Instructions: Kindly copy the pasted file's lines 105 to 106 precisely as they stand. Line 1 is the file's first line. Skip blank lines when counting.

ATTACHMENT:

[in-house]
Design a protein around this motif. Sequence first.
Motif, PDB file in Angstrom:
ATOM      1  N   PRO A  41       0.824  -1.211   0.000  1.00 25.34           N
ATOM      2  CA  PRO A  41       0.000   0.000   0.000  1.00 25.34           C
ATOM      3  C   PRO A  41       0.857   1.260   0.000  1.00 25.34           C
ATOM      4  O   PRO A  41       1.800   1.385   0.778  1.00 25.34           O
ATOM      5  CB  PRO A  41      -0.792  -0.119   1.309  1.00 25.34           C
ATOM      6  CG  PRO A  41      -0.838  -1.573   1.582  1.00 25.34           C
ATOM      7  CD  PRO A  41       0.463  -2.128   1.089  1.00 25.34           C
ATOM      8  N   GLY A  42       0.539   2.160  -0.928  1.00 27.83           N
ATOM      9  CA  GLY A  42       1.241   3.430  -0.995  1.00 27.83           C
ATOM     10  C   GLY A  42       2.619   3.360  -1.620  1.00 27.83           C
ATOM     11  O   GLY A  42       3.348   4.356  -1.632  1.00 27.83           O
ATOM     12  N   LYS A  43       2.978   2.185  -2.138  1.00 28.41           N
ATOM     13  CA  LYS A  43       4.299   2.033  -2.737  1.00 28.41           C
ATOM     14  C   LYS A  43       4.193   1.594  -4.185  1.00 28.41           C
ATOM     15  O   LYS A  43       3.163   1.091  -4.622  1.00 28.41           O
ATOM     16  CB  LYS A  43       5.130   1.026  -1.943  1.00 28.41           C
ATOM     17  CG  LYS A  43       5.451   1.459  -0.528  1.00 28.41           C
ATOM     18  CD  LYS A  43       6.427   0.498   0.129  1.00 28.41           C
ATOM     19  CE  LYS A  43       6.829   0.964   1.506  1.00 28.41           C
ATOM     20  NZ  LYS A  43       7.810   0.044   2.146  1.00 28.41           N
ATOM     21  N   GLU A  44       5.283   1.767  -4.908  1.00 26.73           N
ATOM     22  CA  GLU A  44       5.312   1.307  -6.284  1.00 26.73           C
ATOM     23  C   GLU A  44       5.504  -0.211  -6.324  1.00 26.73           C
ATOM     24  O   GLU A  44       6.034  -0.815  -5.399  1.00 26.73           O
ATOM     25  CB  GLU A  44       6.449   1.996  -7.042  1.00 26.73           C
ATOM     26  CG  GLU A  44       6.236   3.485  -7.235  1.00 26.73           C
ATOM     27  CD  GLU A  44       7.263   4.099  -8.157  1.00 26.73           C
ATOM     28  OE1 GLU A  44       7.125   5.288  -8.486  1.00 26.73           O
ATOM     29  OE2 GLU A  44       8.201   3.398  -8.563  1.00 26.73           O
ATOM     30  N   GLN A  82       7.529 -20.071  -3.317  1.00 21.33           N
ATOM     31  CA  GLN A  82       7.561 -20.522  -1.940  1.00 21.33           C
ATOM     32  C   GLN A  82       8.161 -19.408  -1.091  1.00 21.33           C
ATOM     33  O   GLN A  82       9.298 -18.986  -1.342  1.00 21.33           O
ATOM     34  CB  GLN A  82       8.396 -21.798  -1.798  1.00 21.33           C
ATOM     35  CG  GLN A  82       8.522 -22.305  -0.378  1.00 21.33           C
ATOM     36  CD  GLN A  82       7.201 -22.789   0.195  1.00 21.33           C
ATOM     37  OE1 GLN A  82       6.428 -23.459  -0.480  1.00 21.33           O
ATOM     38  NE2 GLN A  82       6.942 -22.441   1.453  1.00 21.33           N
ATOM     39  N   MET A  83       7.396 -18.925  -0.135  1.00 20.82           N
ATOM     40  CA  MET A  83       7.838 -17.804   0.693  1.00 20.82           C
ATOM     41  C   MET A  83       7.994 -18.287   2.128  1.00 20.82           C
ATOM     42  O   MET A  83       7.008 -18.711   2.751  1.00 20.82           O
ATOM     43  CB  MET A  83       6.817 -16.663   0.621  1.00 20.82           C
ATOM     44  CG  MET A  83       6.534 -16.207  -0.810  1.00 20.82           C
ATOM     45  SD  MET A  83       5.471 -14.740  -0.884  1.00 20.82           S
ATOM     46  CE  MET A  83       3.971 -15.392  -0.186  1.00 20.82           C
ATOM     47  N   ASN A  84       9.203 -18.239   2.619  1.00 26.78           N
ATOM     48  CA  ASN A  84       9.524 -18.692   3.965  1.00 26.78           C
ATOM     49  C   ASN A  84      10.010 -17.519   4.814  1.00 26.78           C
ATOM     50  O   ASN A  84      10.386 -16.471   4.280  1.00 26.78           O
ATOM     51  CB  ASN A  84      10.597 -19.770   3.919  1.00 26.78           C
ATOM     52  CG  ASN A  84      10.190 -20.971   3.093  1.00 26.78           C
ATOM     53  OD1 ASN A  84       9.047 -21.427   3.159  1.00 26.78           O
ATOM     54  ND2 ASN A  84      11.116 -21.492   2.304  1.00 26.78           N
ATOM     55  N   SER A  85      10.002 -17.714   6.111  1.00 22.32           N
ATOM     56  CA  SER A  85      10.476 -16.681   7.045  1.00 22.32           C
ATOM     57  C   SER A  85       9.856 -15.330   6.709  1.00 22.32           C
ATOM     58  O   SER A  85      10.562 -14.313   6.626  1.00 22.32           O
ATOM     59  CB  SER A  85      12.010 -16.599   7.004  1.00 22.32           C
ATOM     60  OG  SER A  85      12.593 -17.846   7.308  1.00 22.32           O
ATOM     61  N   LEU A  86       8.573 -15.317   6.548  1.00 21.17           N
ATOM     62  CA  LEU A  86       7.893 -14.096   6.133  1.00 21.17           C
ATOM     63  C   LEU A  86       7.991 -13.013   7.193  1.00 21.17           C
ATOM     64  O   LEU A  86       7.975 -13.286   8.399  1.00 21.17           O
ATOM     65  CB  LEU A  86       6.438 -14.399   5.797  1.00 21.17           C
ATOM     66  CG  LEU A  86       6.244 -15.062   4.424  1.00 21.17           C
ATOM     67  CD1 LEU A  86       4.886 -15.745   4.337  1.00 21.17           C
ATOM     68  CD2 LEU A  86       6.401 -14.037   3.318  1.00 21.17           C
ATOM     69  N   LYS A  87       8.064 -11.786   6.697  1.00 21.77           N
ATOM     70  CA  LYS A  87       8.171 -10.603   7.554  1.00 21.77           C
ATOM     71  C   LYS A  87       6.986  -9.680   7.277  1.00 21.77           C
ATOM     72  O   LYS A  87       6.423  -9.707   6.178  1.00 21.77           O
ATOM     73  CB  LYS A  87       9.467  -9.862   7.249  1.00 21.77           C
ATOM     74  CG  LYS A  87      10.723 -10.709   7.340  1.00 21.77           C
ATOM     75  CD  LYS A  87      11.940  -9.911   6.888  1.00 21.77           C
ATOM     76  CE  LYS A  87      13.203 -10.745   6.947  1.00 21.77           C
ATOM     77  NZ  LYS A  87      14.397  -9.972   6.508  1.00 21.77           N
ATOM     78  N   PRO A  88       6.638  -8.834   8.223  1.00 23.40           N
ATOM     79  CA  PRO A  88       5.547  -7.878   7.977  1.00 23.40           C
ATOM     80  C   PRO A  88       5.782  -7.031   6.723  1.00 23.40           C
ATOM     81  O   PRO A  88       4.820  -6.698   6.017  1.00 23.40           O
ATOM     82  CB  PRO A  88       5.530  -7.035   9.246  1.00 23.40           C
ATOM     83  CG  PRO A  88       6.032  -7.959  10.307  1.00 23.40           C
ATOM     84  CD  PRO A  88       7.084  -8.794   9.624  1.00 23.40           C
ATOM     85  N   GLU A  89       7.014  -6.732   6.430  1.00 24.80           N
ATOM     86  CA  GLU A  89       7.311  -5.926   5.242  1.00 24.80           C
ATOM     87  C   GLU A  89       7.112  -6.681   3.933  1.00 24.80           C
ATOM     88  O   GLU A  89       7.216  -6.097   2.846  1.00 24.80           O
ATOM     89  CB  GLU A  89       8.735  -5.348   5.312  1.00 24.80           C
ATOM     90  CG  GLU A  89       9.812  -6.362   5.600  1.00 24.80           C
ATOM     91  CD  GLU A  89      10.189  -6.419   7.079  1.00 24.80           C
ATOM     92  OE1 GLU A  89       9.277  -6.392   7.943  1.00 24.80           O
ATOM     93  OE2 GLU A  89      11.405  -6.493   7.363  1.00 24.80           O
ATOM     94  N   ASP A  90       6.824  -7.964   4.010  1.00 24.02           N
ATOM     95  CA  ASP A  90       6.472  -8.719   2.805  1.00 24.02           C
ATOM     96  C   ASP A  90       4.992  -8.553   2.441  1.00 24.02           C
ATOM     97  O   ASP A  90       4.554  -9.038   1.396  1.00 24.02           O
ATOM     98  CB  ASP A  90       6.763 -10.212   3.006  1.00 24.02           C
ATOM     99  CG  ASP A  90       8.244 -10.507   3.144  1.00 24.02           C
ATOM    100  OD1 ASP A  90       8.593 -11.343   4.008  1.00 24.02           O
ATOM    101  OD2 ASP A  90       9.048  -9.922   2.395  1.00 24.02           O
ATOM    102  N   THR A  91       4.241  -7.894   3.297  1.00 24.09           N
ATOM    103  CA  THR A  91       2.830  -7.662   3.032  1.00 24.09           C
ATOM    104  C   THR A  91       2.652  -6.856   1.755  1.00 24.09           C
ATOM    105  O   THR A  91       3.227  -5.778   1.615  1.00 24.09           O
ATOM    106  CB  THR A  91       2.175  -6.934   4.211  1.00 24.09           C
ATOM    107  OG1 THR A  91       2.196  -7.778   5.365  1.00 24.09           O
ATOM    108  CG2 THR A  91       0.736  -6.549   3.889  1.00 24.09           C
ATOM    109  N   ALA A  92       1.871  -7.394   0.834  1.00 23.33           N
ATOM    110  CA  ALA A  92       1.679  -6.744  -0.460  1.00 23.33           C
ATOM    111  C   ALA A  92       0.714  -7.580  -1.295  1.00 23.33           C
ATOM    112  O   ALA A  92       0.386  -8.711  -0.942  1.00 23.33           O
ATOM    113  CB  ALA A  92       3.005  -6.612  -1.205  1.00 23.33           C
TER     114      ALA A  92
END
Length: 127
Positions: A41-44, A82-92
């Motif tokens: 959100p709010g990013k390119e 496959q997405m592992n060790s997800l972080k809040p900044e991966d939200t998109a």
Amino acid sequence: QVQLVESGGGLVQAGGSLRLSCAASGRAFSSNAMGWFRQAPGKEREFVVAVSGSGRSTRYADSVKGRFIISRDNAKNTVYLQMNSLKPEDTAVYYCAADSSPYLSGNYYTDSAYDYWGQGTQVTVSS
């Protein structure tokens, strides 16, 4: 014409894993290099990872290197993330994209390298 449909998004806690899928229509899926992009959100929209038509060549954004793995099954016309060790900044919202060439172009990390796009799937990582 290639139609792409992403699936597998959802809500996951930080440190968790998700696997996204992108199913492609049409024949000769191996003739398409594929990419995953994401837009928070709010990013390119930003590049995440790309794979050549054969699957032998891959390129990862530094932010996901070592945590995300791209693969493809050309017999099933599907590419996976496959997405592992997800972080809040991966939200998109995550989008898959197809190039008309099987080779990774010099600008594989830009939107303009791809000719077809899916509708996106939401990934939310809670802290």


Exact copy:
ATOM    102  N   THR A  91       4.241  -7.894   3.297  1.00 24.09           N
ATOM    103  CA  THR A  91       2.830  -7.662   3.032  1.00 24.09           C